- If your income falls within the partial range, subtract your income from the full level and then divide that amount by the phaseout range to determine the percentage of $6,000 that you are allowed to contribute.
If your income is above the upper limit of the range for partial contributions, you will not be able to contribute any money to your Roth IRA for that year.
If you have more than one IRA, or your income gets an unexpected boost, it’s easy to make the mistake of contributing more than the allowable maximum. Remember, the annual limit of $6,000 —or $7,000 including the catch-up provision—is for all your IRAs, not per account. Exceeding this limit can cost you a 6% penalty on the excess each year until you rectify the mistake.
Making Additional Contributions
If you earn too much to contribute to your Roth IRA, there are several ways you can still put money aside for retirement.
One way of doing this is to use a spousal Roth IRA. An individual may fund a Roth IRA on behalf of a spouse who earns little or no income. Spousal Roth IRA contributions are subject to the same rules and limits as regular Roth IRA contributions. The spousal Roth IRA is held separately from the Roth IRA of the individual making the contribution because Roth IRAs cannot be joint accounts.
Another way of getting around the Roth IRA’s income limitations is to instead contribute to a nondeductible IRA, which is available to anyone no matter how much income they earn. Just like a Roth IRA, this contribution is made with after-tax dollars, money that has already been taxed.
Then, using a tax strategy called a backdoor Roth IRA, you convert that money to a Roth IRA.
Can I Have Multiple Roth IRAs?
You can have multiple traditional and Roth IRAs, but your total cash contributions can’t exceed the annual maximum, and the IRS may limit your investment options.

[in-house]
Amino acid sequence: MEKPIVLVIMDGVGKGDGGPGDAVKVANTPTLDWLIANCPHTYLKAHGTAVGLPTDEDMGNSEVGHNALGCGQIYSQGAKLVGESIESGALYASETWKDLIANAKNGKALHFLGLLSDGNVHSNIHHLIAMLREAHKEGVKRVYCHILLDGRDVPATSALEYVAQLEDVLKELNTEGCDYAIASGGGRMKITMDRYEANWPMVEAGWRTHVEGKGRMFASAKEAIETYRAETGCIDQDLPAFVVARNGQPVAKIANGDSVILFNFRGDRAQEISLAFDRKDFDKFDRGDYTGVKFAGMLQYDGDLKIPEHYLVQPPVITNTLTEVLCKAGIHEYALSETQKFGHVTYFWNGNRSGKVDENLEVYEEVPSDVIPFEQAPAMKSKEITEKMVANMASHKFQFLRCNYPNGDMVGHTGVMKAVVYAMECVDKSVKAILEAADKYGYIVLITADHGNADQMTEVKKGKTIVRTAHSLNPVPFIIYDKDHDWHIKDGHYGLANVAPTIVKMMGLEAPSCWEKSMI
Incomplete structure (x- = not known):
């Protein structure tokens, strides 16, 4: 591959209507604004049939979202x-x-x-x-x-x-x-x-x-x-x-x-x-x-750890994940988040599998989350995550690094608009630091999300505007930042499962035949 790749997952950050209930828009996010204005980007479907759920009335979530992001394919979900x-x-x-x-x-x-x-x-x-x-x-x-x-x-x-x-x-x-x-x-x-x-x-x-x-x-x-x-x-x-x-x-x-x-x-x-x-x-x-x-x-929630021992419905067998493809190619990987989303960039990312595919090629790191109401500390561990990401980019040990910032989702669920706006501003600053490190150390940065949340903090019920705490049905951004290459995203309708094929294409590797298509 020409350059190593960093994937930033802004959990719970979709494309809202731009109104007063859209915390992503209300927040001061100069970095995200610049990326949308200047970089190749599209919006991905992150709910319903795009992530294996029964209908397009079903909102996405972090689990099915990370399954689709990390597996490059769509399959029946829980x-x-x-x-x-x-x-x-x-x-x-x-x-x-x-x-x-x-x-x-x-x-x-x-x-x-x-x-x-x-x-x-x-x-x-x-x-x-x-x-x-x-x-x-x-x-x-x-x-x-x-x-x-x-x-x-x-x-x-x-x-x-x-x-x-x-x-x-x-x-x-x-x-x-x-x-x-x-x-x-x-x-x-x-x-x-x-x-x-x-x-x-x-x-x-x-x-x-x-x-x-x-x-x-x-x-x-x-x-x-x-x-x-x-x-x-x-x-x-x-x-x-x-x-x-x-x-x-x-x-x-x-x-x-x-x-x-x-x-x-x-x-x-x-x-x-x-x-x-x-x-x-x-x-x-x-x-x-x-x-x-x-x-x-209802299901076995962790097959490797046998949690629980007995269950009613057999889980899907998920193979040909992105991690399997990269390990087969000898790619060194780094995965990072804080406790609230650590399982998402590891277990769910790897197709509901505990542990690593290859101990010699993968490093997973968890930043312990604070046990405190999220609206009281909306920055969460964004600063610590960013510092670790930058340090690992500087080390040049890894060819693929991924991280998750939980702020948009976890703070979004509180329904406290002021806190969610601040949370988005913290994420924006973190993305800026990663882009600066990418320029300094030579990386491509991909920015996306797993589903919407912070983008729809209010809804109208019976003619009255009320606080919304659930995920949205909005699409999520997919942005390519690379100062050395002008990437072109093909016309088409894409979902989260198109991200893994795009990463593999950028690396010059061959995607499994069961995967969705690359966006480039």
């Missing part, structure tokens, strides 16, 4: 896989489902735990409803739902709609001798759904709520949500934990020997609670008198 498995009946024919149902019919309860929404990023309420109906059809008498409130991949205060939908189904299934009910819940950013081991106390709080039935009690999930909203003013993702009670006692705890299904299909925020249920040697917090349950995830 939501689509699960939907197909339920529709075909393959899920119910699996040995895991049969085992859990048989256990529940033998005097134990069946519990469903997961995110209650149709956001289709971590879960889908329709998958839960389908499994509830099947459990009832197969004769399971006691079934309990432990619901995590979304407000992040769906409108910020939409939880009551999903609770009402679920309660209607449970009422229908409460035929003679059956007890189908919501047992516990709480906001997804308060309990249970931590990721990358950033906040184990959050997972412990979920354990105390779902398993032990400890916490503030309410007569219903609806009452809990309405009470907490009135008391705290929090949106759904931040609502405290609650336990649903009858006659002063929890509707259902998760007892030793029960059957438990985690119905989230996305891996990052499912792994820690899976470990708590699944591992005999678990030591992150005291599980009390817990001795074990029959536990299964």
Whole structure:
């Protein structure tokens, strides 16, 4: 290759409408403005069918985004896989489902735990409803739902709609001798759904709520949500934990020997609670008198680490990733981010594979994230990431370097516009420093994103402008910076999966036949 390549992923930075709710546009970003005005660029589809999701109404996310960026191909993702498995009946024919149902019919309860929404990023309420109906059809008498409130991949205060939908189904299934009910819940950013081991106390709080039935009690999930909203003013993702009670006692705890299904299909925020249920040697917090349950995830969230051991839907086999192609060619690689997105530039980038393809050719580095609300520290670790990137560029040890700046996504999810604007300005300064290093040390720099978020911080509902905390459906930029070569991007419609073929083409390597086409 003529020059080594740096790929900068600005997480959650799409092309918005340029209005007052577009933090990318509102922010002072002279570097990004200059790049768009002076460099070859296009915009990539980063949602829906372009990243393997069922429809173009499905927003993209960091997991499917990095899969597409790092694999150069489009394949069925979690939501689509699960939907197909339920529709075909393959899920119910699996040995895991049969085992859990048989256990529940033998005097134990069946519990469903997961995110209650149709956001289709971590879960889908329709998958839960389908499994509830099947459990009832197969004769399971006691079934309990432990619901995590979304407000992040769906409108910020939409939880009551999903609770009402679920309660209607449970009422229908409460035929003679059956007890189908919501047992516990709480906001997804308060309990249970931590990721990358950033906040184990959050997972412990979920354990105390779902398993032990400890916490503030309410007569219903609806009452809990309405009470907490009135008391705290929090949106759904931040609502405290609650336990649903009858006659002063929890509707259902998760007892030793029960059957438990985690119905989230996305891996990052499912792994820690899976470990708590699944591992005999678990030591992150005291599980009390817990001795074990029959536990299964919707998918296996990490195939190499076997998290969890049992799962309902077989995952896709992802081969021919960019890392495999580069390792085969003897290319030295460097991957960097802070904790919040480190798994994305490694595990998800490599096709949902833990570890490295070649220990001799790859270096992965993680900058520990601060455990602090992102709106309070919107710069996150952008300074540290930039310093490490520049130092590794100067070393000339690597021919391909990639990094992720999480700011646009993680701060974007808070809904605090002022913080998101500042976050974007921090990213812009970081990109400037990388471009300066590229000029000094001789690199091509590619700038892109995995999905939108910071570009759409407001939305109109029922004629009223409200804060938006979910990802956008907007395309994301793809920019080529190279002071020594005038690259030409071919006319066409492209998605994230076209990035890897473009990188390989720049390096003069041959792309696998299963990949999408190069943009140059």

What Is the Maximum Income Limit to Contribute to a Roth IRA?
If you file taxes as a single person, your modified adjusted gross income (MAGI) must be under $140,000 for the tax year 2021 and under $144,000 for the tax year 2022 to contribute to a Roth IRA.
If you’re married and file jointly, your MAGI must be under $208,000 for the tax year 2021 and under 214,000 for the tax year 2022.
What Happens if I Contribute to a Roth IRA Over the Income Limit?
The IRS will charge you a 6% penalty tax on the excess amount for each year you don’t take action to correct the error.
For example, if you contributed $1,000 more than you were allowed, you’d owe $60 each year until you correct the mistake.
The Bottom Line
Roth IRAs are a powerful tool for retirement investing, but they have limitations. Specifically, if you earn too much in a tax year, you will be barred from contributing to your Roth IRA for that year.
The IRS updates these income limits every year, so make sure you check them before contributing to your Roth IRA, or you may be charged a penalty.
If you earn too much to contribute to your Roth IRA, there are several options open to you. You can contribute to another Roth IRA on behalf of your married partner, or instead contribute to a nondeductible IRA, which has no income limits.